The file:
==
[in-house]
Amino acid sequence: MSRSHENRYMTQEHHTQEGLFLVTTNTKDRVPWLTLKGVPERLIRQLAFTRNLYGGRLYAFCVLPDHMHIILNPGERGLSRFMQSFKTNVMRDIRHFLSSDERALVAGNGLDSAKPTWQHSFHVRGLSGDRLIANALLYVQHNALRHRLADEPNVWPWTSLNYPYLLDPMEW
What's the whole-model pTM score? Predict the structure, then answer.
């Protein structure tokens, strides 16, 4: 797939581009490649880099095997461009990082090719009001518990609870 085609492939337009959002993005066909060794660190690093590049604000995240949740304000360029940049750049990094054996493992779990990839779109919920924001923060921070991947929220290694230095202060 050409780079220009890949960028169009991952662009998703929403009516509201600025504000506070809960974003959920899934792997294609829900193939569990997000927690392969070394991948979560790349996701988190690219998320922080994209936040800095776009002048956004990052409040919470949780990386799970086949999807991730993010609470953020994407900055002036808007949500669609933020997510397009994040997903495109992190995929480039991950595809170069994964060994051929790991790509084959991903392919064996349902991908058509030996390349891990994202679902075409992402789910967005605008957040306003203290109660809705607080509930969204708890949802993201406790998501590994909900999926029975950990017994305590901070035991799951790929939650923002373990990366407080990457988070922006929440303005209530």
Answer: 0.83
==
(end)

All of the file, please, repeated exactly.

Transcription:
[in-house]
Amino acid sequence: MSRSHENRYMTQEHHTQEGLFLVTTNTKDRVPWLTLKGVPERLIRQLAFTRNLYGGRLYAFCVLPDHMHIILNPGERGLSRFMQSFKTNVMRDIRHFLSSDERALVAGNGLDSAKPTWQHSFHVRGLSGDRLIANALLYVQHNALRHRLADEPNVWPWTSLNYPYLLDPMEW
What's the whole-model pTM score? Predict the structure, then answer.
């Protein structure tokens, strides 16, 4: 797939581009490649880099095997461009990082090719009001518990609870 085609492939337009959002993005066909060794660190690093590049604000995240949740304000360029940049750049990094054996493992779990990839779109919920924001923060921070991947929220290694230095202060 050409780079220009890949960028169009991952662009998703929403009516509201600025504000506070809960974003959920899934792997294609829900193939569990997000927690392969070394991948979560790349996701988190690219998320922080994209936040800095776009002048956004990052409040919470949780990386799970086949999807991730993010609470953020994407900055002036808007949500669609933020997510397009994040997903495109992190995929480039991950595809170069994964060994051929790991790509084959991903392919064996349902991908058509030996390349891990994202679902075409992402789910967005605008957040306003203290109660809705607080509930969204708890949802993201406790998501590994909900999926029975950990017994305590901070035991799951790929939650923002373990990366407080990457988070922006929440303005209530």
Answer: 0.83